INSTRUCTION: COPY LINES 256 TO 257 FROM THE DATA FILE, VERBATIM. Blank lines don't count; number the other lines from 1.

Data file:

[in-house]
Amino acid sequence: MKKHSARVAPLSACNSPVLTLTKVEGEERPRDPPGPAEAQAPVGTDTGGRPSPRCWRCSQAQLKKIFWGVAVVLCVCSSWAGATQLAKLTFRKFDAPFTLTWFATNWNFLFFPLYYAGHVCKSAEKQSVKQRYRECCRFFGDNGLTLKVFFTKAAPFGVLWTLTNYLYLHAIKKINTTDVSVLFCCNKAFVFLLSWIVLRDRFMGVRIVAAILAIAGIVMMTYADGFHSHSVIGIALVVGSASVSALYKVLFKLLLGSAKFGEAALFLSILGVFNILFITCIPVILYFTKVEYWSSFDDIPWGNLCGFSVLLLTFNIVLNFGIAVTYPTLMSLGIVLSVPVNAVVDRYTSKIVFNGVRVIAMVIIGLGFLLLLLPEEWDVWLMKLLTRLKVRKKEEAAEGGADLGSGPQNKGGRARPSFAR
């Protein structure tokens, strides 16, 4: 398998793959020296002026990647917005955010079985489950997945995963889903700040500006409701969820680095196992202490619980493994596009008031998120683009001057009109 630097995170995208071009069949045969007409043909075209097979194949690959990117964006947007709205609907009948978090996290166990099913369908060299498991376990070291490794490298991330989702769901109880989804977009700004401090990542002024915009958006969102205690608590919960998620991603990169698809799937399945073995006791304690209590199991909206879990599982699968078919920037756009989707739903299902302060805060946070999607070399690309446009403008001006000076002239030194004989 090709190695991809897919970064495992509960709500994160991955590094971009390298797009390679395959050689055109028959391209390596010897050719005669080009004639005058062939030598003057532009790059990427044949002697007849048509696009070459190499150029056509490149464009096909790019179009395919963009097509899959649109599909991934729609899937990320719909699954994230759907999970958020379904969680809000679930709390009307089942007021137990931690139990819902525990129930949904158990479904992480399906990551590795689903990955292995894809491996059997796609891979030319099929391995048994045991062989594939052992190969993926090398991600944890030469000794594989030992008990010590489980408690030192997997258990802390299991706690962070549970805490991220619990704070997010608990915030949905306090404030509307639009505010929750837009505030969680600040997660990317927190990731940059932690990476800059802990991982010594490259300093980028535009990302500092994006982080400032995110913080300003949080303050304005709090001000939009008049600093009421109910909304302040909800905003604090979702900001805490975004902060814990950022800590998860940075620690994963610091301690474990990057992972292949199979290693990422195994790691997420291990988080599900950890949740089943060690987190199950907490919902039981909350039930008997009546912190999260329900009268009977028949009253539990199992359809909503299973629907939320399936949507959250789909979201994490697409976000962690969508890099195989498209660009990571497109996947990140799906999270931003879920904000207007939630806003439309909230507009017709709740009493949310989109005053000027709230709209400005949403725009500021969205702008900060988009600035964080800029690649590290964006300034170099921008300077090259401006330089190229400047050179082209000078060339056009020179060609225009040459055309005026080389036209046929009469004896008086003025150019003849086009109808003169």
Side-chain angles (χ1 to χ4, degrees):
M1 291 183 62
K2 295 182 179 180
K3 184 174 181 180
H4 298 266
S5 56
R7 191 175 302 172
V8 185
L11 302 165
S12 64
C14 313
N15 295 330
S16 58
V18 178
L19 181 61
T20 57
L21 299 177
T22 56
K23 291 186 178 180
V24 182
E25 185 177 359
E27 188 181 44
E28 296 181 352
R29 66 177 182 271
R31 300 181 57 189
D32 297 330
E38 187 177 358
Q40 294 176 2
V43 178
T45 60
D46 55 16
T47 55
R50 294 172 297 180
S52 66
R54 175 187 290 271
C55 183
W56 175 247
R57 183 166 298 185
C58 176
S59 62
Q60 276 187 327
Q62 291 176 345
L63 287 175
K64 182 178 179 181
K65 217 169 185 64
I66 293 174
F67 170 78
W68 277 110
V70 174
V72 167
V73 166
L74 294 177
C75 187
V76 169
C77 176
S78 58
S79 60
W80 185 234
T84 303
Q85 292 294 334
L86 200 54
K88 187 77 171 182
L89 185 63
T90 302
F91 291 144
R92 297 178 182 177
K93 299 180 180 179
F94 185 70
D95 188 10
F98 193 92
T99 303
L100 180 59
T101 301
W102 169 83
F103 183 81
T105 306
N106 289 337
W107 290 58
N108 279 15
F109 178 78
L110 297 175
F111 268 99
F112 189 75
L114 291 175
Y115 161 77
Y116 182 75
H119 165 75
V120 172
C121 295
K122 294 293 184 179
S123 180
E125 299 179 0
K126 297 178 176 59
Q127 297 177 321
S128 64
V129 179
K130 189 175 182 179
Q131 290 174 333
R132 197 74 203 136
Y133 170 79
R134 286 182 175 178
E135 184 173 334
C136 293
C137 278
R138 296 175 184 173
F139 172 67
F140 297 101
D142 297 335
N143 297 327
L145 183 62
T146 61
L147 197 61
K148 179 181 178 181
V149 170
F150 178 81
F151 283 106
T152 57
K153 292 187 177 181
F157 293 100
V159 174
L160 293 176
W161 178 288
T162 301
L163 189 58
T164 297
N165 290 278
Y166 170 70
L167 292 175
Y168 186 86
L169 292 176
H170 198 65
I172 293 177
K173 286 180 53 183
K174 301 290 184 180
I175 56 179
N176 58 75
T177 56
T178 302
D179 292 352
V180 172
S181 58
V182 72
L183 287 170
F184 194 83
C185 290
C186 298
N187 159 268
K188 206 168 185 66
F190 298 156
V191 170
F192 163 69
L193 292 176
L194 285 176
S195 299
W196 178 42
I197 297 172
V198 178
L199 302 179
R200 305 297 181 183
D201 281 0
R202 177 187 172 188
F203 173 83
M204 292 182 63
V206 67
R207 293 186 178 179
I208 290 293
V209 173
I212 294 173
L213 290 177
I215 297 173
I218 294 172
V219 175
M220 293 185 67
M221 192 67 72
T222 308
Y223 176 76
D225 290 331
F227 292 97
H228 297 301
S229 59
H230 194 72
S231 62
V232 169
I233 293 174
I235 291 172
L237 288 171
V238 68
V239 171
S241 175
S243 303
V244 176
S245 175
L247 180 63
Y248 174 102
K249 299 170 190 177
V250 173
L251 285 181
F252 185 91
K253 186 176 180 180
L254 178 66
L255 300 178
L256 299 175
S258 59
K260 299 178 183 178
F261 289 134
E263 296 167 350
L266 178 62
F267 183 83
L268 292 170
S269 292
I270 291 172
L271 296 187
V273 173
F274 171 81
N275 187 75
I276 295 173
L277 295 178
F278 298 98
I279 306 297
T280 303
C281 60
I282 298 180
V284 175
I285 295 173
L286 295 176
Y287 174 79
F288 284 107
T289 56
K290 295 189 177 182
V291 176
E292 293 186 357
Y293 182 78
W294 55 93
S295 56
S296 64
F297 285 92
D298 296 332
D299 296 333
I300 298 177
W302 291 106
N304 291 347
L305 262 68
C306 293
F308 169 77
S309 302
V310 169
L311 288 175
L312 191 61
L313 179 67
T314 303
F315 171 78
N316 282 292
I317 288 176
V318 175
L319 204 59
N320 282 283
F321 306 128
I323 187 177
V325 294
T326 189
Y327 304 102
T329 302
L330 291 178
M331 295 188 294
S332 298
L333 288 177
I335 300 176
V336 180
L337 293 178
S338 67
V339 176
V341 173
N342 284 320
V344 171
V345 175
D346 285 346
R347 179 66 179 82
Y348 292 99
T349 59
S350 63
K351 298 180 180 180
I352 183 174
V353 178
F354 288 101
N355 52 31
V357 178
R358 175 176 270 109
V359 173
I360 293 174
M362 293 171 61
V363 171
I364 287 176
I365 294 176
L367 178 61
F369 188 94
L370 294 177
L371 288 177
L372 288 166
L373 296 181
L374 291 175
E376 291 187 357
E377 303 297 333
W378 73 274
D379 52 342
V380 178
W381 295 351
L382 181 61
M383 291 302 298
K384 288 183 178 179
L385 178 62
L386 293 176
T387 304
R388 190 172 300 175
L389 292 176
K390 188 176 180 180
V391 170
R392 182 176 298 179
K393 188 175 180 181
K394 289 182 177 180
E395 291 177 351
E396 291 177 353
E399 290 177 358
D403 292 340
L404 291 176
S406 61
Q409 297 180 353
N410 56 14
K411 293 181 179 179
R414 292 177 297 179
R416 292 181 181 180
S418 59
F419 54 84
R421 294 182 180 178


I317 288 176
V318 175